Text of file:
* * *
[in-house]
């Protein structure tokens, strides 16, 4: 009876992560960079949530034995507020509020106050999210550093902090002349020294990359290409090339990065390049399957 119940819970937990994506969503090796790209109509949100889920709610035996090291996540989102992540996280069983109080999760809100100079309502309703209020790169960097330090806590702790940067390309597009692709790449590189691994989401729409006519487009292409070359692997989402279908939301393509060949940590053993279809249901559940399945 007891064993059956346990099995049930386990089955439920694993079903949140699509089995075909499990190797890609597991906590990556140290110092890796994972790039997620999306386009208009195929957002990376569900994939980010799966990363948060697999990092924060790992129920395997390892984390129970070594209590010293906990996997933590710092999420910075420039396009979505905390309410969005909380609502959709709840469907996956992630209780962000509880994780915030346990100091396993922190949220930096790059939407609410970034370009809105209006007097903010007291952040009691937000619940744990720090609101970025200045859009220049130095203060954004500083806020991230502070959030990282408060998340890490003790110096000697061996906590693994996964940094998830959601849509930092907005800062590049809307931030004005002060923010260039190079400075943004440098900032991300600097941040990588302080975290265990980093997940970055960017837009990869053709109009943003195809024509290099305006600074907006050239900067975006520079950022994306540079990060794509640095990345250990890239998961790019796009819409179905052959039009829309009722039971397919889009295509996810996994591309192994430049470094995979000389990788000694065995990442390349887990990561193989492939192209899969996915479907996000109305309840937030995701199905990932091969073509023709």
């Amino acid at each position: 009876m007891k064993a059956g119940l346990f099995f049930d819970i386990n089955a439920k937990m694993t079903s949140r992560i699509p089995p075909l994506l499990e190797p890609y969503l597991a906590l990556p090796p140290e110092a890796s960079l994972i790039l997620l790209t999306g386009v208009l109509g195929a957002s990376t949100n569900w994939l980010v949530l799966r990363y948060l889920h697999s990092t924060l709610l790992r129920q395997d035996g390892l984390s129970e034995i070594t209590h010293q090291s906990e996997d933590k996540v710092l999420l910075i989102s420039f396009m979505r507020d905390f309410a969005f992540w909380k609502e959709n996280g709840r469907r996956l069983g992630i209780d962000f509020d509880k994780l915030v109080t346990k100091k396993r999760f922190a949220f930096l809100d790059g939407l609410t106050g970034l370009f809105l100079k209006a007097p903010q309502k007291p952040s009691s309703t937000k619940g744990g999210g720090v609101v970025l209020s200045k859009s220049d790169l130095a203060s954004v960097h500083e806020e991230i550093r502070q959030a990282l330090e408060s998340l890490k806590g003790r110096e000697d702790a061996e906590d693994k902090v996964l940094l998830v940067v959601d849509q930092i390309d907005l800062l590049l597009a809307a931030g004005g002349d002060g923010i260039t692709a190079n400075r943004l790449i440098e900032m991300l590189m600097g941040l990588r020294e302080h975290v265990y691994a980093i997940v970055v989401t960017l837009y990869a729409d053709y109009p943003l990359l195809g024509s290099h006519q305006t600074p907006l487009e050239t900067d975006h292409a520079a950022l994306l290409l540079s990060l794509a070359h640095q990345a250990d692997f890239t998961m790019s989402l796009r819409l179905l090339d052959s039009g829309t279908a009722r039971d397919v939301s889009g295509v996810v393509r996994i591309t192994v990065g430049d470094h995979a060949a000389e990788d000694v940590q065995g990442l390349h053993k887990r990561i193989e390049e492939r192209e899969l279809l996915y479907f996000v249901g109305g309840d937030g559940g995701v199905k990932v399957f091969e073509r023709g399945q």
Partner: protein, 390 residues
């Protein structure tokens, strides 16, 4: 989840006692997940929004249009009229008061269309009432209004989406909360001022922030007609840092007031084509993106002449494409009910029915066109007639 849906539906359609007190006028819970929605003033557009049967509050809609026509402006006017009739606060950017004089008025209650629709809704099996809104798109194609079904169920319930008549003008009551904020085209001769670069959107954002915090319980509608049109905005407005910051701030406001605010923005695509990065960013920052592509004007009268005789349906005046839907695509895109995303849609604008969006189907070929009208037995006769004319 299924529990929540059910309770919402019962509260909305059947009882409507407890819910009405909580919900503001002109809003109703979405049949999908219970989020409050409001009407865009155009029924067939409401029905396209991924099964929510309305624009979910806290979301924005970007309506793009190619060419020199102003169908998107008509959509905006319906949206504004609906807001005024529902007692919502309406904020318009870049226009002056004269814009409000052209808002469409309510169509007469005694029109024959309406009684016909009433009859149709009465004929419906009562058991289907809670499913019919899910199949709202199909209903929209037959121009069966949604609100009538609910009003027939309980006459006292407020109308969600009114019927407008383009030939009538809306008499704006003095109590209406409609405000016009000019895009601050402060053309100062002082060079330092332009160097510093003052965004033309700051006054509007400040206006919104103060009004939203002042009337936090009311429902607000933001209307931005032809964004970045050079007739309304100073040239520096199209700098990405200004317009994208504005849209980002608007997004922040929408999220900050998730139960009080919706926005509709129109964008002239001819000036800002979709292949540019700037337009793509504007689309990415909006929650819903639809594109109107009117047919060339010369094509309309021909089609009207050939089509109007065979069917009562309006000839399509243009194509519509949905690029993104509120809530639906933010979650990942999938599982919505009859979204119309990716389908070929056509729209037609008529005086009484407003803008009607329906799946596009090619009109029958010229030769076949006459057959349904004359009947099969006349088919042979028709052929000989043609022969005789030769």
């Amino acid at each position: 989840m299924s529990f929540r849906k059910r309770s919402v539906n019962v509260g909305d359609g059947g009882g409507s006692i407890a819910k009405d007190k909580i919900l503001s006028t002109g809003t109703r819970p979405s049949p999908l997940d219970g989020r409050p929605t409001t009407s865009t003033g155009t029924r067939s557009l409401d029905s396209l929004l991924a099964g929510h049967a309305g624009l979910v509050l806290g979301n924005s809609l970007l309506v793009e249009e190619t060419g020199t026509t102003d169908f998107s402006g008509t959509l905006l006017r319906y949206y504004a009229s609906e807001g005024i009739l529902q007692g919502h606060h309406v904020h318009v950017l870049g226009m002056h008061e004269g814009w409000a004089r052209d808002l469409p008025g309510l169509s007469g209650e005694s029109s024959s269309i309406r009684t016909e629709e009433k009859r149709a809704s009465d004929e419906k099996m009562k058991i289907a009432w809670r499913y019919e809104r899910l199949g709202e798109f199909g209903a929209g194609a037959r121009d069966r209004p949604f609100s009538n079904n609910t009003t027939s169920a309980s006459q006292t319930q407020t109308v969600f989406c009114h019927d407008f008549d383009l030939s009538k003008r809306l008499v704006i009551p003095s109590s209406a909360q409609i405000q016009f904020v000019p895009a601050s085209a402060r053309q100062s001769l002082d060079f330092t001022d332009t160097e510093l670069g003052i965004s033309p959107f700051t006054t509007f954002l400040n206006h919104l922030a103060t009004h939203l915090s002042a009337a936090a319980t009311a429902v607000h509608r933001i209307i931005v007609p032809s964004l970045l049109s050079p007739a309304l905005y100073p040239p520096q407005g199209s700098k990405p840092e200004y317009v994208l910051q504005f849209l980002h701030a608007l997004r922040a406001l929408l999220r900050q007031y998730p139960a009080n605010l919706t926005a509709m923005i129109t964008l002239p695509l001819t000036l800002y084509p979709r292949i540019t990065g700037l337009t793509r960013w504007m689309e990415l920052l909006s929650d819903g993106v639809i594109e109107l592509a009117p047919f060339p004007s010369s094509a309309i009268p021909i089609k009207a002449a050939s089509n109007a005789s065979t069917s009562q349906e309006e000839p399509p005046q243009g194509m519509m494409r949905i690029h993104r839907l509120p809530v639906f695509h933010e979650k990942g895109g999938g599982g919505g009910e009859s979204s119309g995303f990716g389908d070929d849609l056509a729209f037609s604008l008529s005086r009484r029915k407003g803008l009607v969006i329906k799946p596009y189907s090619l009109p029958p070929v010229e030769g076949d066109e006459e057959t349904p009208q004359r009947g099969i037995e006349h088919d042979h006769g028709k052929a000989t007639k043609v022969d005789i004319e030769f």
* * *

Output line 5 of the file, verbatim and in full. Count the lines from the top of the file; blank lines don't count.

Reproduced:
């Protein structure tokens, strides 16, 4: 989840006692997940929004249009009229008061269309009432209004989406909360001022922030007609840092007031084509993106002449494409009910029915066109007639 849906539906359609007190006028819970929605003033557009049967509050809609026509402006006017009739606060950017004089008025209650629709809704099996809104798109194609079904169920319930008549003008009551904020085209001769670069959107954002915090319980509608049109905005407005910051701030406001605010923005695509990065960013920052592509004007009268005789349906005046839907695509895109995303849609604008969006189907070929009208037995006769004319 299924529990929540059910309770919402019962509260909305059947009882409507407890819910009405909580919900503001002109809003109703979405049949999908219970989020409050409001009407865009155009029924067939409401029905396209991924099964929510309305624009979910806290979301924005970007309506793009190619060419020199102003169908998107008509959509905006319906949206504004609906807001005024529902007692919502309406904020318009870049226009002056004269814009409000052209808002469409309510169509007469005694029109024959309406009684016909009433009859149709009465004929419906009562058991289907809670499913019919899910199949709202199909209903929209037959121009069966949604609100009538609910009003027939309980006459006292407020109308969600009114019927407008383009030939009538809306008499704006003095109590209406409609405000016009000019895009601050402060053309100062002082060079330092332009160097510093003052965004033309700051006054509007400040206006919104103060009004939203002042009337936090009311429902607000933001209307931005032809964004970045050079007739309304100073040239520096199209700098990405200004317009994208504005849209980002608007997004922040929408999220900050998730139960009080919706926005509709129109964008002239001819000036800002979709292949540019700037337009793509504007689309990415909006929650819903639809594109109107009117047919060339010369094509309309021909089609009207050939089509109007065979069917009562309006000839399509243009194509519509949905690029993104509120809530639906933010979650990942999938599982919505009859979204119309990716389908070929056509729209037609008529005086009484407003803008009607329906799946596009090619009109029958010229030769076949006459057959349904004359009947099969006349088919042979028709052929000989043609022969005789030769």